Most attacks against journalists during summer protests in Brazil were intentional, report found

In a report published last week, the Brazilian Association for Investigative Journalism (Abraji) found that 70 of the 113 cases of aggressions against journalists during the protests in Brazil that began in June this year were intentional; that is to say, they took place after the victims had identified themselves as members of the press.

For Abraji's president, Marcelo Moreira, the numbers show a setback for freedom of the press in the country. "When a journalist is prevented from doing his job, society is being prevented from having access to information, which translates into a very despicable reality for our country," he said.

The documented aggressions took place between June 11 and the month of October. Among the cases were incidents of intimidation, physical violence, attacks with police dogs, theft or damage to work equipment and imprisonment.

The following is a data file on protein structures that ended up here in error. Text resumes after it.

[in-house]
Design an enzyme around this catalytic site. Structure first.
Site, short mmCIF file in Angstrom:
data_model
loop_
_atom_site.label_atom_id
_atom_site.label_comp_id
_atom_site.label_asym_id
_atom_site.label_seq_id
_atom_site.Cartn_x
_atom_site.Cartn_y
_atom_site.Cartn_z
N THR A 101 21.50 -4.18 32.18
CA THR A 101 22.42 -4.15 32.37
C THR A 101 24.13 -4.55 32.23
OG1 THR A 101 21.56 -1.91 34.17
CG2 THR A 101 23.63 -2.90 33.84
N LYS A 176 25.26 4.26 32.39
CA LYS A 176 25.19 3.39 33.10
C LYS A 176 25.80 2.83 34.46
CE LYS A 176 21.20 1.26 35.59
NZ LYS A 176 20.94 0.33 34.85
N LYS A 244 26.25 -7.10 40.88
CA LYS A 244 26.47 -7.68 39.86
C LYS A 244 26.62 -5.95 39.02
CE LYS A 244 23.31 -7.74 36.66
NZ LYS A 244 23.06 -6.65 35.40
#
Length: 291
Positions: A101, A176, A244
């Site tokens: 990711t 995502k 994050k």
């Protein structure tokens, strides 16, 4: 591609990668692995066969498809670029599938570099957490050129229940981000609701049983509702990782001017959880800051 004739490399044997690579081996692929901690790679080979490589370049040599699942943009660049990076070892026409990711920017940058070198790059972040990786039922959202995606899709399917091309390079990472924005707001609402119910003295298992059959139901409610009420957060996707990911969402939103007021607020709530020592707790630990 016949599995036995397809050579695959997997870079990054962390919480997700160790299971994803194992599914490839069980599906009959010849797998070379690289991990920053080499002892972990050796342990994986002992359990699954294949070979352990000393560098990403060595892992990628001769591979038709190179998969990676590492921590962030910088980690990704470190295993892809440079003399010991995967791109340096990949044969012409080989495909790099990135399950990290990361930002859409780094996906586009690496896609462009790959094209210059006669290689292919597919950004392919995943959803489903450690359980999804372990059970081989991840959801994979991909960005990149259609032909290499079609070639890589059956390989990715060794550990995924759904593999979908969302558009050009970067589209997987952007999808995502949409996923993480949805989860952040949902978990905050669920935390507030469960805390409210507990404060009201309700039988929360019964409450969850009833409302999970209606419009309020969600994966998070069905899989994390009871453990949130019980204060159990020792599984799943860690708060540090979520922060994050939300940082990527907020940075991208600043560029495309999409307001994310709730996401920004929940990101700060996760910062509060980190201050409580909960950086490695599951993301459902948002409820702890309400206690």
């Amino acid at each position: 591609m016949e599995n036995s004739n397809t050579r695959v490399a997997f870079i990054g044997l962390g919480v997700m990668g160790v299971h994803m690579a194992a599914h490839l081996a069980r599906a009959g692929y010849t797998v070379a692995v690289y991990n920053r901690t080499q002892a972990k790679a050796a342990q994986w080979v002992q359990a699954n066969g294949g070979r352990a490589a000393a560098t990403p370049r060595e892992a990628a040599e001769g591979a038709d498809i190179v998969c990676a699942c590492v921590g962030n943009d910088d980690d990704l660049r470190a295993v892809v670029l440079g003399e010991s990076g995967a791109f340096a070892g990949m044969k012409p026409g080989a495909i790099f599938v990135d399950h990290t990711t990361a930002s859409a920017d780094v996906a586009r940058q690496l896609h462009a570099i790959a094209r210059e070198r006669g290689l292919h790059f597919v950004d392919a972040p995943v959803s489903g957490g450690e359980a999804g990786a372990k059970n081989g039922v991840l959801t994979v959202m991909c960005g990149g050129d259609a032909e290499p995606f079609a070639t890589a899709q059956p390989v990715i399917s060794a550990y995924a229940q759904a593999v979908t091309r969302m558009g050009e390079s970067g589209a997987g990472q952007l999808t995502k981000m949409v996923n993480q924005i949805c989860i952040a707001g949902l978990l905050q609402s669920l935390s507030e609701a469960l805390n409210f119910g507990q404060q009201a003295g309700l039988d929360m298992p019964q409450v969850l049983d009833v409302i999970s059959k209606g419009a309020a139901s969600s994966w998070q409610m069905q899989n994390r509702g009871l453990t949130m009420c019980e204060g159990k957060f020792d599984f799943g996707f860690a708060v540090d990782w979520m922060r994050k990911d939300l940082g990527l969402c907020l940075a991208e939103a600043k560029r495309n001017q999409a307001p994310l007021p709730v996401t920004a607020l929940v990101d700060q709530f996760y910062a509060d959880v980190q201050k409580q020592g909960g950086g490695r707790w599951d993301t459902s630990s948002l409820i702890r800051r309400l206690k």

Abraji has been in touch with the victims since November to verify whether the aggressions were deliberate or not. The organization analyzed 91 cases, out of which 70 (or 77 percent) were deemed to be deliberate attacks on journalists.

Law enforcement officers were responsible for 55 (or 80 percent) of these attacks. The rest of the aggressions came from protesters who were unsatisfied with the mass media's coverage of the events. During the protests, cries were regularly heard saying "down with Rede Globo (Brazil's biggest media company)" and several mainstream media reporters were attacked or insulted.

In the city of São Paulo, June 13 alone registered 14 attacks, all of them caused by the Military Police. That day, journalists Giuliana Vallone, with TV Folha, and Sérgio Silva, with Futurapress, were injured after being shot with rubber bullets in the face. Silva lost his sight on one of his eyes.

Meanwhile, Rio de Janeiro had its most violent days on Sept. 7, with three documented aggressions, and Oct. 18, when a group of protesters attacked three reporters near Bangu neighborhood.

Note from the editor: This story was originally published by the Knight Center’s blog Journalism in the Americas, the predecessor of LatAm Journalism Review.